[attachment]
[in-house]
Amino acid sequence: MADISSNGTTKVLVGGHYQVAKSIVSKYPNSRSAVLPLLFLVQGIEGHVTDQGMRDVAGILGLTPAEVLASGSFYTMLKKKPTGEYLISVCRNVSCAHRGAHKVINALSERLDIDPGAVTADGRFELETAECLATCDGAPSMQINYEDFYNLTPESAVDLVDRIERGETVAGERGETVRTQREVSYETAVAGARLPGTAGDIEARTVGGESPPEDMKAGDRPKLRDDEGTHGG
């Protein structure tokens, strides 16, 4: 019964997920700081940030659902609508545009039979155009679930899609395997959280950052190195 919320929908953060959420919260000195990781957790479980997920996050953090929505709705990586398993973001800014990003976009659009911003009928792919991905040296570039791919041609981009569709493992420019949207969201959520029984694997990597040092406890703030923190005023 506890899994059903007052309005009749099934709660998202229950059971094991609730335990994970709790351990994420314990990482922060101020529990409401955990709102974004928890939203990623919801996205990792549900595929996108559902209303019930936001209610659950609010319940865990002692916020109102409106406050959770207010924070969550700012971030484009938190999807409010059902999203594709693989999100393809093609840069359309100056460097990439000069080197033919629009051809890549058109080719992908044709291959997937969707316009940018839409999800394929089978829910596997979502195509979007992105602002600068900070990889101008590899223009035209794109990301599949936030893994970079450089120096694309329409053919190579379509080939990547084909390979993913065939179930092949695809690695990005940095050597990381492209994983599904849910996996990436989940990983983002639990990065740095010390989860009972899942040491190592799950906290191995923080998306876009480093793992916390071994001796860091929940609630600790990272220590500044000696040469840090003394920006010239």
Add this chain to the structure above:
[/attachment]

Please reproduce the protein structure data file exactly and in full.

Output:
[in-house]
Amino acid sequence: MADISSNGTTKVLVGGHYQVAKSIVSKYPNSRSAVLPLLFLVQGIEGHVTDQGMRDVAGILGLTPAEVLASGSFYTMLKKKPTGEYLISVCRNVSCAHRGAHKVINALSERLDIDPGAVTADGRFELETAECLATCDGAPSMQINYEDFYNLTPESAVDLVDRIERGETVAGERGETVRTQREVSYETAVAGARLPGTAGDIEARTVGGESPPEDMKAGDRPKLRDDEGTHGG
């Protein structure tokens, strides 16, 4: 019964997920700081940030659902609508545009039979155009679930899609395997959280950052190195 919320929908953060959420919260000195990781957790479980997920996050953090929505709705990586398993973001800014990003976009659009911003009928792919991905040296570039791919041609981009569709493992420019949207969201959520029984694997990597040092406890703030923190005023 506890899994059903007052309005009749099934709660998202229950059971094991609730335990994970709790351990994420314990990482922060101020529990409401955990709102974004928890939203990623919801996205990792549900595929996108559902209303019930936001209610659950609010319940865990002692916020109102409106406050959770207010924070969550700012971030484009938190999807409010059902999203594709693989999100393809093609840069359309100056460097990439000069080197033919629009051809890549058109080719992908044709291959997937969707316009940018839409999800394929089978829910596997979502195509979007992105602002600068900070990889101008590899223009035209794109990301599949936030893994970079450089120096694309329409053919190579379509080939990547084909390979993913065939179930092949695809690695990005940095050597990381492209994983599904849910996996990436989940990983983002639990990065740095010390989860009972899942040491190592799950906290191995923080998306876009480093793992916390071994001796860091929940609630600790990272220590500044000696040469840090003394920006010239």
Add this chain to the structure above: